Greenland meteor on 9 December 1997

last updated 9 June 1998

A big meteor impact probably occurred in Southern Greenland at 61 25N, 44 26W on Tuesday, December 9th approximately 0811 UTC (05:11 am local time). The position is on the ice cap approximately 50 kilometers NE of Narsarsuaq Airport.
Since then, data surveilance equipment has confirmed a bright flash but not an impact. The event may have been further west than originally reported.

DOD Satellite Observations

"On 9 December 1997, sensors aboard DOD satellites detected the impact of a meteoroid at 08:15:55 UTC roughly midway between Nuuk and Qaqortoq, Greenland. The object broke into at least 4 pieces. One piece detonated at an altitude of about 46 km at 62.9 degrees North Latitude, 50.9 degrees West Longitude. The remaining 3 pieces detonated in close proximity to one another at altitudes between 28 km, at 62.9 degrees North Latitude, 50.1 degrees West Longitude and 25 km at 62.9 degrees North Latitude, 50.0 degrees West Longitude."


From:   Headquarters Air Force Technical Applications Center   
        Office of Public Affairs            
        Patrick AFB, Fl.,

Date: June 8, 1998

On 9 December 1997 at approximately 08:15:55.2 UT, sensors aboard a
U.S. Department of Defense satellite recorded the bright flash of
an apparent meteoroid disintegrating in the atmosphere over
Greenland. The peak radiated intensity recorded on this event 
was 9.5E10 watts/sr (using a 6000K blackbody model for the
radiation). Correspondingly, the total radiated energy of the
event was 2.7E11 Joules.

        (If you have questions call MSgt Rene Uzee, Air Force Technical
Applications Center Public Affairs at, (407) 494-4403.)


Individuals interested in obtaining graphical lightcurve information
for this event should send an email with their names, fax numbers and 
a description of their intended use of this information to

NOAA Satellite Observations

6 hours later, the NOAA polar-orbiting weather satellites observed a large cloud over southeastern Greenland. These AHVRR images were posted on the internet at

There was speculation that the cloud was related to the meteor because of its unusually high, crisp appearance.

GOES Satellite Observations

NASA's Laboratory for Atmospheres collects and posts real time images from the GOES weather satellite. These were used to examine the time-series of Greenland images gleaned from the full-disk scans taken by GOES-8 once every three hours in the second week of December.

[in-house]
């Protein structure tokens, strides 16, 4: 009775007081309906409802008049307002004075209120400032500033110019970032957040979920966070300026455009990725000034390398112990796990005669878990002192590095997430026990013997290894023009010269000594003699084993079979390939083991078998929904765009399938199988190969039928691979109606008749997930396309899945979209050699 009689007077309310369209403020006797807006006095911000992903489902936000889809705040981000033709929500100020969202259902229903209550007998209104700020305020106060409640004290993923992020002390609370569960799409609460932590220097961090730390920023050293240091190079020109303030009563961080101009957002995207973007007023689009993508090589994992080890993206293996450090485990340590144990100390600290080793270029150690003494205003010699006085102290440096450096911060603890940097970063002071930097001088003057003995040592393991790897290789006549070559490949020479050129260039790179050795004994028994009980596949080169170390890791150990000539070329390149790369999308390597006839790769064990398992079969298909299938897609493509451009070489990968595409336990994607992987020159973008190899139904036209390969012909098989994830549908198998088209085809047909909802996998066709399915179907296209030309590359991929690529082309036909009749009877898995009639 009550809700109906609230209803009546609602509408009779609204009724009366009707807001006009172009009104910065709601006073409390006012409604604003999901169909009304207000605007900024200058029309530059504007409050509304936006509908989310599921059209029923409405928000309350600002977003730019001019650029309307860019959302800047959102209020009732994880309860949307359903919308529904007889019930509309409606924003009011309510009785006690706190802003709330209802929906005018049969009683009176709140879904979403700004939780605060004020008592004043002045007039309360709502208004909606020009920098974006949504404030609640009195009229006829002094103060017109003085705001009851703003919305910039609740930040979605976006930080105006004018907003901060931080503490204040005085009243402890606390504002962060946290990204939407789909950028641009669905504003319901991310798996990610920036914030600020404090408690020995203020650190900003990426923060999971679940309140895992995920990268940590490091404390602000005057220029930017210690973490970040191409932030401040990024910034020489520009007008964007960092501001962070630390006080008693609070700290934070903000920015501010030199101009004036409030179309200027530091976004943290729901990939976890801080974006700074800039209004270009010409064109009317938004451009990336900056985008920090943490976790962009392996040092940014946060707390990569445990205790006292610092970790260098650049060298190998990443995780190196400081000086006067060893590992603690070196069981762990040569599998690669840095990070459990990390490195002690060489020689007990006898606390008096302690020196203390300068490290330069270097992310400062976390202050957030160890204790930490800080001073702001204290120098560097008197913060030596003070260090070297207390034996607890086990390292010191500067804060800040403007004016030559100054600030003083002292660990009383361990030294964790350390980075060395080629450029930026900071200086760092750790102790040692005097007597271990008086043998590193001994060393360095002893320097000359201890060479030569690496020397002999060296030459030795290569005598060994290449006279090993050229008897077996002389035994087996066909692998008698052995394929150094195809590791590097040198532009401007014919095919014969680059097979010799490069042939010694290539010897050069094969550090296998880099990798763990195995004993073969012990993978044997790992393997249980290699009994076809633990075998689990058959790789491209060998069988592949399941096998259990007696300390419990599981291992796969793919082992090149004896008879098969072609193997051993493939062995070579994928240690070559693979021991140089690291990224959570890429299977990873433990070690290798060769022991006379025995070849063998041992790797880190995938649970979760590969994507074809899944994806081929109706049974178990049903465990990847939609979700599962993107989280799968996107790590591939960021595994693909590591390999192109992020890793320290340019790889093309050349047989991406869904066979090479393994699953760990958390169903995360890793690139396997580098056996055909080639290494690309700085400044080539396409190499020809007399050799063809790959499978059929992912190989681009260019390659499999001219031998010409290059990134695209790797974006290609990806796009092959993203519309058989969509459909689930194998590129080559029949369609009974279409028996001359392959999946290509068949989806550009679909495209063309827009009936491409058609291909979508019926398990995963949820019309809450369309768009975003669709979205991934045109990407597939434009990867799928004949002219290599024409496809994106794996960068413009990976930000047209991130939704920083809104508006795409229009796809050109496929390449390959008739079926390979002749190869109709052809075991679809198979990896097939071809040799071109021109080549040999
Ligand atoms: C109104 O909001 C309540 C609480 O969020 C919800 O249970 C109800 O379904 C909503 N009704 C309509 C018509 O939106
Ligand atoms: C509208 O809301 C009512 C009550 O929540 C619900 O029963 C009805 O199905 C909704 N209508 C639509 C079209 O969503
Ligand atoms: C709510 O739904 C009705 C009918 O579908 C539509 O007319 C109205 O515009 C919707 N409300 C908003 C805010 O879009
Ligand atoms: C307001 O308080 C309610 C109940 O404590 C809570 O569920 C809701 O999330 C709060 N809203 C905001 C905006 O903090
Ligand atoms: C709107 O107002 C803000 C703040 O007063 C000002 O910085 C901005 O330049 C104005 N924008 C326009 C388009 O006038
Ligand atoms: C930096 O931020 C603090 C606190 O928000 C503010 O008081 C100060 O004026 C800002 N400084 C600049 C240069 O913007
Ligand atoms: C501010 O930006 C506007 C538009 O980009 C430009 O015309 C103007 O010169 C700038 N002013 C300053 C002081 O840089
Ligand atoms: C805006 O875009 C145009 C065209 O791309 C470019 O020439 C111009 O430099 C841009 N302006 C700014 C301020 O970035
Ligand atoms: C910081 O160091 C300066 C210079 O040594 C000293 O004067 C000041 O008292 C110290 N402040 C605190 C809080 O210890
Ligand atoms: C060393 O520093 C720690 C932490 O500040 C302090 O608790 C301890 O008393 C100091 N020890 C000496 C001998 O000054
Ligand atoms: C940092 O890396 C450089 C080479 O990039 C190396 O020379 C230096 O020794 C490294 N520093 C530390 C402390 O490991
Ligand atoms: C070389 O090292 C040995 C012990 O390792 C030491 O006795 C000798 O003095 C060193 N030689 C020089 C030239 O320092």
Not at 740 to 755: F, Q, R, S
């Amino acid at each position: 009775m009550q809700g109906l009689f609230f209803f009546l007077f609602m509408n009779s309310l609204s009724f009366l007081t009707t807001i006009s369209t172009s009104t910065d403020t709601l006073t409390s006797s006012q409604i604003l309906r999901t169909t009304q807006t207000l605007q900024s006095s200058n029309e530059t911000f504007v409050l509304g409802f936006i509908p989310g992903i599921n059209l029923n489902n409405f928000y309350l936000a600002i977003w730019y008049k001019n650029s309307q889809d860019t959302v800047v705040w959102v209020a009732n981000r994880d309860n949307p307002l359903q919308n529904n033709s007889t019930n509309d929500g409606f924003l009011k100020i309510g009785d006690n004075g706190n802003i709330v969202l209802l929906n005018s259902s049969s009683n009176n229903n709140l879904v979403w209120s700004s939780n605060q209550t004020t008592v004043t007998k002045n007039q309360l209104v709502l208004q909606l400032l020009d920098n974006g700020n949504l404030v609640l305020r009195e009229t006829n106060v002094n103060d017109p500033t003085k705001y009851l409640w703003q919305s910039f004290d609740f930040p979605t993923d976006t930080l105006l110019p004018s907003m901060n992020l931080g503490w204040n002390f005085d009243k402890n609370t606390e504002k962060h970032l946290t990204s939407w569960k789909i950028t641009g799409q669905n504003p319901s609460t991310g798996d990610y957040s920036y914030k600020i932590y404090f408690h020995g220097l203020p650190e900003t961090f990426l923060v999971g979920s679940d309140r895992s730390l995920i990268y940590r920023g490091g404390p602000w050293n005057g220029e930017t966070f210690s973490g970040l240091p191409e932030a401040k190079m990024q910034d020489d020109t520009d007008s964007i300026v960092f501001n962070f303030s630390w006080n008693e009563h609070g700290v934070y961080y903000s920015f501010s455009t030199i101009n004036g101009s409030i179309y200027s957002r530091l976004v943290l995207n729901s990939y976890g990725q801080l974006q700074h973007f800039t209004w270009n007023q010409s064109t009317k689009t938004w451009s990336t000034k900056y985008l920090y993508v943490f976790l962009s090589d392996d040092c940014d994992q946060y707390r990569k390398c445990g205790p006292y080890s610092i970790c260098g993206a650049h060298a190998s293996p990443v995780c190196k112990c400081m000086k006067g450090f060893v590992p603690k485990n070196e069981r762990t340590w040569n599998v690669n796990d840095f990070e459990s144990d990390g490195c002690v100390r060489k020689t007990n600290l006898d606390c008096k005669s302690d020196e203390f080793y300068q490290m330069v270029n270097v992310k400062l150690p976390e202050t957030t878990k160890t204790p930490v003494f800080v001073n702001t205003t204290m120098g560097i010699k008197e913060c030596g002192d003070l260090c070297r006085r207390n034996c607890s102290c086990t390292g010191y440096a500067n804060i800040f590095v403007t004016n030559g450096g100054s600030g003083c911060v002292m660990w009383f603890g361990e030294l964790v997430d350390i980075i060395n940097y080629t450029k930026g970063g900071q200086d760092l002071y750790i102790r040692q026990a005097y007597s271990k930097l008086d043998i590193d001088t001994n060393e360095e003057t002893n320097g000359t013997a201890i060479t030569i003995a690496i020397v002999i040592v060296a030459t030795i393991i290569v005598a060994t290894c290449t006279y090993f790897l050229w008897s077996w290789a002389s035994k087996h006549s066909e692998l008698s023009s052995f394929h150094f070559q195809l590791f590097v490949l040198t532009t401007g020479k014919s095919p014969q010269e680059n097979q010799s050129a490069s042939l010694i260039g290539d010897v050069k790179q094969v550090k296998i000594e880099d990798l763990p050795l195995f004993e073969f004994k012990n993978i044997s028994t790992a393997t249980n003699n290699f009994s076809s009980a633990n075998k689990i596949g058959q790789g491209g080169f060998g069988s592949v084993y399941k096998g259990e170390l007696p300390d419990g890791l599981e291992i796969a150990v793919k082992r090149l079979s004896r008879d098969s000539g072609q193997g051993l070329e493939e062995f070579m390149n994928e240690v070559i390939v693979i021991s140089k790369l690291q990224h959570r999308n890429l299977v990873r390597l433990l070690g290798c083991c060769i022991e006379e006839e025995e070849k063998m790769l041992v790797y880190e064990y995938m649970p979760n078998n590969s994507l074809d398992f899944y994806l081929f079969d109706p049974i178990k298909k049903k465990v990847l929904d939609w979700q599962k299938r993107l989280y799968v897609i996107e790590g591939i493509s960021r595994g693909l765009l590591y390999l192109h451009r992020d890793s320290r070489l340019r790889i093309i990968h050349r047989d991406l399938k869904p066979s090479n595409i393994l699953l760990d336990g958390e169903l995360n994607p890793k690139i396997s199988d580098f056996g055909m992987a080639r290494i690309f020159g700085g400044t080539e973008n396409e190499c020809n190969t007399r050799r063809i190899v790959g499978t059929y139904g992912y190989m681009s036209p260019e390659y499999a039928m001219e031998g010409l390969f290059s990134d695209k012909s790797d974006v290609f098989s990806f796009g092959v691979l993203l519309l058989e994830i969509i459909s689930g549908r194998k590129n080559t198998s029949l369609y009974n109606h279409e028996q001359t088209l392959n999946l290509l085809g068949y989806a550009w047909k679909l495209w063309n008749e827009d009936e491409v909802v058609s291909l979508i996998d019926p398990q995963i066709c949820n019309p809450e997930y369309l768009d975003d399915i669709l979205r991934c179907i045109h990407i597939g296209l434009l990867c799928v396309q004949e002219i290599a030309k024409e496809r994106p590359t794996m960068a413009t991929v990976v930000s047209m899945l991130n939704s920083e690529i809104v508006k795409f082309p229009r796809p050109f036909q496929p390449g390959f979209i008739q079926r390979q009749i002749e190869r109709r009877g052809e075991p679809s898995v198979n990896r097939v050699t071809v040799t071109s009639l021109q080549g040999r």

GOES-8 visible image on 9 December 1997

The GOES-EAST visible image at 1445 UTC gives a nice view of a distinct high cloud over southern Greenland near local noon:

corresponding coastline map:
The "+" marks the reported impact point at 61.4N, 44.4W. Latitude and longitude lines are sketched at 2 degree intervals, based on the reported GOES earth-navigation. At this time, the navigated map's coastlines fall 3 pixels south and one pixel west of the observed coastlines, within the GOES earth-navigation error tolerances of 4 visible pixels.

Unfortunately, Greenland is too dark in December to provide visible images during the other GOES-8 observation times, such as 1145 and 1745 UTC.

GOES-8 infrared images on 9 December 1997

Fortunately, Greenland can be seen every three hours in the GOES-8 thermal infrared channel ("I04", or Imager channel 4 at 11 microns) with lower resolution:

Image GIF animation

Image coastline map ("+" marks impact point)

Image 0245 UTC (local midnight)

Image 0545 UTC

Image 0845 UTC (30 minutes after impact)

Image 1145 UTC

Image 1445 UTC (local noon)

Image 1745 UTC

Image 2045 UTC

Image 2345 UTC

A cold, high cloud appears over southeastern Greenland at 0845 UTC, 30 minutes after the reported impact, with faint hints of cloud formation along the center ridge of the southern Greenland ice cap at 0545 UTC.

This cloud formation appears to be part of a normal storm development in the lee of the ice cap.

GOES-8 infrared movies for 8 to 12 December 1997

One can see the normal cycle of storm cloud development during the week in this region by viewing the GOES-8 infrared images of Greenland starting from the day before the meteor impact, and ending three days later:

Conclusion, based on GOES-8 Images

The cloud formation and development over southeastern Greenland on 9 December 1997 looks like a normal storm, similar to the storm on 12 December.

It does not look like a single ejection cloud, nor a long contrail.

Nevertheless, the time-of-formation is a remarkable coincidence with the reported meteor impact.